In a development that can only be called stunning, the New York Times (NYT) on Sunday, April 22, 2012, reported, in an article entitled “Vast Mexico Bribery Case Hushed Up by Wal-Mart After Top-Level Struggle”, on an alleged multi-year bribery and corruption scheme advanced by Wal-Mart in its Mexico operations. The alleged bribery scheme was truly breath-taking in its scope and operation. I am certain others will write about it extensively, beginning as soon as today, and I certainly will review the article in greater depth in upcoming blog posts, the first thing that struck me is that this case will sound the death knell for any efforts to amend the Foreign Corrupt Practices Act (FCPA). Whether you believe such efforts constitute badly needed reform because the Department of Justice (DOJ) has gone too far in enforcement; that any amendments would water down the FCPA and simply make bribery easier; or perhaps some minor clarification of certain terms and definitions is needed; I think you can kiss all of that good-bye.
As reported in the NYT article, Wal-Mart executives at its Mexico subsidiary, Wal-Mart de Mexico, “had orchestrated a campaign of bribery to win market dominance. In its rush to build stores, he said, the company had paid bribes to obtain permits in virtually every corner of the country.” This alleged bribery scheme included routine payments to Mexican governmental officials for “every conceivable type of permit, license, piece of paper, or any other type of approval needed or required to plan, build and operate a Wal-Mart in Mexico. Literally, millions of peso was paid out for everything from routine approvals to extraordinary consents.”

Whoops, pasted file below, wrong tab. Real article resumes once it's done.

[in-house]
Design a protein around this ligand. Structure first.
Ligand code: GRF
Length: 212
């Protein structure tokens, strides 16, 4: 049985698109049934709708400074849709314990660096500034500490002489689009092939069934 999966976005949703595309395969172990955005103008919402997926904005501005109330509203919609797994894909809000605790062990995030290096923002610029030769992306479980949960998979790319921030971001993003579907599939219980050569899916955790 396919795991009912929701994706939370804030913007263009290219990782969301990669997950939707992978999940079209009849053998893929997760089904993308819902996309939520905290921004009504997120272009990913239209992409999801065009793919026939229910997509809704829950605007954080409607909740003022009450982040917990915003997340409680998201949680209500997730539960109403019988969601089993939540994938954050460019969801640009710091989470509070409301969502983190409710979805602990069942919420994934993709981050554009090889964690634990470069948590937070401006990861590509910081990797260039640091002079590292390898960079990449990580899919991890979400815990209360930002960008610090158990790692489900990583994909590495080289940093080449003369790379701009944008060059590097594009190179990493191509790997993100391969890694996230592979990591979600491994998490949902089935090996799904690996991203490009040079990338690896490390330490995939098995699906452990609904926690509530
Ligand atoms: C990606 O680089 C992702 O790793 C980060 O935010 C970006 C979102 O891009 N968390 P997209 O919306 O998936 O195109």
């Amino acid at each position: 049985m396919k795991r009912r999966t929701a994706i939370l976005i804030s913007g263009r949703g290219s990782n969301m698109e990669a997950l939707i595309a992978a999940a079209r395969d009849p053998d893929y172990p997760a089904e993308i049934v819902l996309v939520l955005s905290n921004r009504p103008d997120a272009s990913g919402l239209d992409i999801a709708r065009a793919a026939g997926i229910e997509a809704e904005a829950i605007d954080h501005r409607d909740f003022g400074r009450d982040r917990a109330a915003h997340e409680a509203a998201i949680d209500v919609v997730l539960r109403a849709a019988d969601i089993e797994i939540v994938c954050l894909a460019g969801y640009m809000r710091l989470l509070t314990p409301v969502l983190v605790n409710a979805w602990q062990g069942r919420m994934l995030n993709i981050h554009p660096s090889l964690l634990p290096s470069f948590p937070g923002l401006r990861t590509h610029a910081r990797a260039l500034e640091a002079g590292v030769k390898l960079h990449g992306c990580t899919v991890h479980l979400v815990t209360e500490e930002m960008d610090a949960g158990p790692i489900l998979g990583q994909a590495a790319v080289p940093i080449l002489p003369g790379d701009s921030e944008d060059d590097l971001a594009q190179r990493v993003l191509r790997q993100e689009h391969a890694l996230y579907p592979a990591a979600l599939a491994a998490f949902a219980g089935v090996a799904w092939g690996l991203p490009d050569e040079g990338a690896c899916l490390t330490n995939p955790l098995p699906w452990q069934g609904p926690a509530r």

To facilitate this alleged bribery scheme Wal-Mart de Mexico kept two sets of books on the illegal payments through third party agents, which were made to Mexican governmental officials. As reported, Wal-Mart de Mexico “targeted mayors and city council members, obscure urban planners, low-level bureaucrats who issued permits – anyone with the power to thwart Wal-Mart’s growth. The bribes, he said, bought zoning approvals, reductions in environmental impact fees and the allegiance of neighborhood leaders.” These payments were coded in a manner which hid their true basis. Later, reporting sent to the home office, in Bentonville, AR, were scrubbed so that the illegal payments were moniked as “legal fees”.
The time frames of the events reported were from the 1990’s to 2006. It is unclear if any alleged bribes were paid after this time. The purpose of the alleged bribes “was to build hundreds of new stores so fast that competitors would not have time to react. Bribes, he explained, accelerated growth. They got zoning maps changed. They made environmental objections vanish. Permits that typically took months to process magically materialized in days. What we were buying was time”. The article also reported that “Wal-Mart de Mexico was the company’s brightest success story, pitched to investors as a model for future growth. (Today, one in five Wal-Mart stores is in Mexico.)”
The End of FCPA Amendment